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The Evolution of Operational ArtFrom Napoleon to the Present$
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John Andreas Olsen and Martin van Creveld

Print publication date: 2010

Print ISBN-13: 9780199599486

Published to Oxford Scholarship Online: January 2011

DOI: 10.1093/acprof:oso/9780199599486.001.0001

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The Tsarist and Soviet Operational Art, 1853–1991

The Tsarist and Soviet Operational Art, 1853–1991

Chapter:
(p.64) 3 The Tsarist and Soviet Operational Art, 1853–1991
Source:
The Evolution of Operational Art
Author(s):

Jacob W. Kipp

Publisher:
Oxford University Press
DOI:10.1093/acprof:oso/9780199599486.003.0004

This chapter analyses the evolution of Soviet‐Russian operational art from the perspectives of both war and society. The chapter begins by examining the ideas developed by officer‐scholars such as Aleksandr A. Svechin and Mikhail Tukhachevsky, the former emphasizing a form of attrition as an alternative to destruction of the enemy army and the latter focusing on ‘deep operations’ and their linkage to the strategy of annihilation. The author examines operational art in various campaigns and battles during the Second World War, from the Soviet–Finnish War of 1939–40 to the linked operations Bagration and Lvov‐Sandomierz in the summer of 1944 which is characterized as an ‘outstanding example of Soviet operational art’.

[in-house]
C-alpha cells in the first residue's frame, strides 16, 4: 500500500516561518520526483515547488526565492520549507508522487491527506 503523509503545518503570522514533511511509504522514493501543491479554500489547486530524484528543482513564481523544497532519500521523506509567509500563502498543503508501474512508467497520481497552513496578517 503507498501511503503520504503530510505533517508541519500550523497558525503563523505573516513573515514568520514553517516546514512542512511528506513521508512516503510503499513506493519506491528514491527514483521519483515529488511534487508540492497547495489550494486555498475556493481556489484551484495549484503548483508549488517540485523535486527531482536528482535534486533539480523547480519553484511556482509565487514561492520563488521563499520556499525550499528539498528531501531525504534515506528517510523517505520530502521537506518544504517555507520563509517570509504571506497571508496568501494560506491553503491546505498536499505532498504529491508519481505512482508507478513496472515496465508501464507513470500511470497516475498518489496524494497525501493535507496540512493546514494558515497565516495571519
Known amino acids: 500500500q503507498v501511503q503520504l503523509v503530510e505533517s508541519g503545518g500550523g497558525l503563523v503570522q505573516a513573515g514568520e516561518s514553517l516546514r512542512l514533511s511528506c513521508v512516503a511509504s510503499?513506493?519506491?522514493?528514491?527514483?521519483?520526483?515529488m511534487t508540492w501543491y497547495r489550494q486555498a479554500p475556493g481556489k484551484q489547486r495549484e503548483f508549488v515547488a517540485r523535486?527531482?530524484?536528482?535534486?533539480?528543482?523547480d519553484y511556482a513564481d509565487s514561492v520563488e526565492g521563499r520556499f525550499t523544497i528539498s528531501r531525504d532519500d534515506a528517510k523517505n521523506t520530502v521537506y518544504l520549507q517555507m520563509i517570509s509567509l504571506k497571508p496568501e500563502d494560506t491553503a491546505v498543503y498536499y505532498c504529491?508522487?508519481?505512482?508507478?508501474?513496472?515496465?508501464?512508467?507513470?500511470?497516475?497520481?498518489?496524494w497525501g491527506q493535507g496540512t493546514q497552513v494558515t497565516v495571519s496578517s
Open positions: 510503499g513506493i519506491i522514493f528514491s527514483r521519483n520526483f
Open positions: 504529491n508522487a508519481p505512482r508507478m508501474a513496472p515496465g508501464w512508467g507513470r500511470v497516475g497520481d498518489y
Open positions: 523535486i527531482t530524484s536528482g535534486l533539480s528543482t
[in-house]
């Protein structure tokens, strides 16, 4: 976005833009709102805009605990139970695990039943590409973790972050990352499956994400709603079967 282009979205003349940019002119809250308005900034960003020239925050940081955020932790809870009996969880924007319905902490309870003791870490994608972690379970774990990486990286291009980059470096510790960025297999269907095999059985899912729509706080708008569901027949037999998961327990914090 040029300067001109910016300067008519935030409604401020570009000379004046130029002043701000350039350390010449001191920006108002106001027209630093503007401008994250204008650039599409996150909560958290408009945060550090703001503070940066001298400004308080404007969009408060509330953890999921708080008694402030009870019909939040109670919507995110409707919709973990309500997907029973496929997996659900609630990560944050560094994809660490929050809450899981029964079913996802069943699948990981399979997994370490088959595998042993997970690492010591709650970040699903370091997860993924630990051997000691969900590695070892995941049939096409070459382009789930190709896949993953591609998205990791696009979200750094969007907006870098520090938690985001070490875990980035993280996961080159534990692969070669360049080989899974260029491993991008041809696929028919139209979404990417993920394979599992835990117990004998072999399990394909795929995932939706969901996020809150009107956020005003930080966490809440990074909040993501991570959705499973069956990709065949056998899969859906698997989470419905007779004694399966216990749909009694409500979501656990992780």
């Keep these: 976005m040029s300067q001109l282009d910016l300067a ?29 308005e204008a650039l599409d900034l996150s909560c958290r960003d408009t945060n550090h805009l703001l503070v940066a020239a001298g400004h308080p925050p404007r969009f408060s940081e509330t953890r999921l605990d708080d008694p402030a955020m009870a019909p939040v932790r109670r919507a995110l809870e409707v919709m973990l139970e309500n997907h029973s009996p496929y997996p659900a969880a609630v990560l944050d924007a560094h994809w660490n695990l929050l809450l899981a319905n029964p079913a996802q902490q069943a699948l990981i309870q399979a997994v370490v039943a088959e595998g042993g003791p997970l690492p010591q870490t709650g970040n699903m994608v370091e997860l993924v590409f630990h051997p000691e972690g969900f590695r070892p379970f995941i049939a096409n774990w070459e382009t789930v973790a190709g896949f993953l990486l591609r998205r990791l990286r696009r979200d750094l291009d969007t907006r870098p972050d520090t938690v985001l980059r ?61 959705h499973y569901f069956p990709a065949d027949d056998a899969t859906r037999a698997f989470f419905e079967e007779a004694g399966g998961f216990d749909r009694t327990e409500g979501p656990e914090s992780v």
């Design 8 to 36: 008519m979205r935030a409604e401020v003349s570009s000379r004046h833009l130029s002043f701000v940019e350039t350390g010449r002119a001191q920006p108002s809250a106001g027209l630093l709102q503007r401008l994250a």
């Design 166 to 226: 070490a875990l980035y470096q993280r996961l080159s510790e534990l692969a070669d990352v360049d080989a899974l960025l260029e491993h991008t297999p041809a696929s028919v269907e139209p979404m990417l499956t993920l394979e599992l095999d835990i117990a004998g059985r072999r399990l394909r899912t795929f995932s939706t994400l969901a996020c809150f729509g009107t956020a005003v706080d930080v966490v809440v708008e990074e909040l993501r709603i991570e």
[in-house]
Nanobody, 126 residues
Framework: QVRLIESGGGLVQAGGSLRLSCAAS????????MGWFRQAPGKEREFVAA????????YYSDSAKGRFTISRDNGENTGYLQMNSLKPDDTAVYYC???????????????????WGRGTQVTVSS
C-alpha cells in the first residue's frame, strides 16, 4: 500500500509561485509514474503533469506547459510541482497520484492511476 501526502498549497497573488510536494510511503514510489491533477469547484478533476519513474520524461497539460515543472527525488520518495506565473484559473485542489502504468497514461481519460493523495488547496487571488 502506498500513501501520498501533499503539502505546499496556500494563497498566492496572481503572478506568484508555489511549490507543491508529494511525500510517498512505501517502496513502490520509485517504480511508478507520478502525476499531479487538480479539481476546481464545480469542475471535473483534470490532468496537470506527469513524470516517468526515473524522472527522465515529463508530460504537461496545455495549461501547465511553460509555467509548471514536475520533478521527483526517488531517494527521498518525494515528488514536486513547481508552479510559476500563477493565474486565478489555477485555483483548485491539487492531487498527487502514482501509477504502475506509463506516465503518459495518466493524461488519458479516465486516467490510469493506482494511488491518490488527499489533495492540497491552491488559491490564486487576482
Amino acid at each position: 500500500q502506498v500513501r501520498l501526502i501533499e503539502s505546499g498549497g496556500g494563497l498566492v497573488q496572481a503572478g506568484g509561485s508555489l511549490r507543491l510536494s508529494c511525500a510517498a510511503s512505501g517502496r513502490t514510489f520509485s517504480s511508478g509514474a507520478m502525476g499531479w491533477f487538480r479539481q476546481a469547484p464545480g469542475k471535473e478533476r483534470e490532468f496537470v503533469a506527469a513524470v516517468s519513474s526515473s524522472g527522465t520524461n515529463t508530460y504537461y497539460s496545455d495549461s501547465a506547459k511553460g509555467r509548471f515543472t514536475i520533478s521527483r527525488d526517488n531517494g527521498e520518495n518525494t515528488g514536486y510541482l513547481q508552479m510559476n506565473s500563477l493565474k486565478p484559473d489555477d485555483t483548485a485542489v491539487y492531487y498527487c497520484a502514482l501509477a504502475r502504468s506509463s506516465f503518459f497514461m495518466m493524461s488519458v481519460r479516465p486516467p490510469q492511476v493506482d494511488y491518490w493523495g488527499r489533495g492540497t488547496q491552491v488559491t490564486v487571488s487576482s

Keywords:   Soviet Union, Russia, Aleksandr A. Svechin, Mikhail Tukhachevsky, deep operations, attrition, annihilation, Second World War

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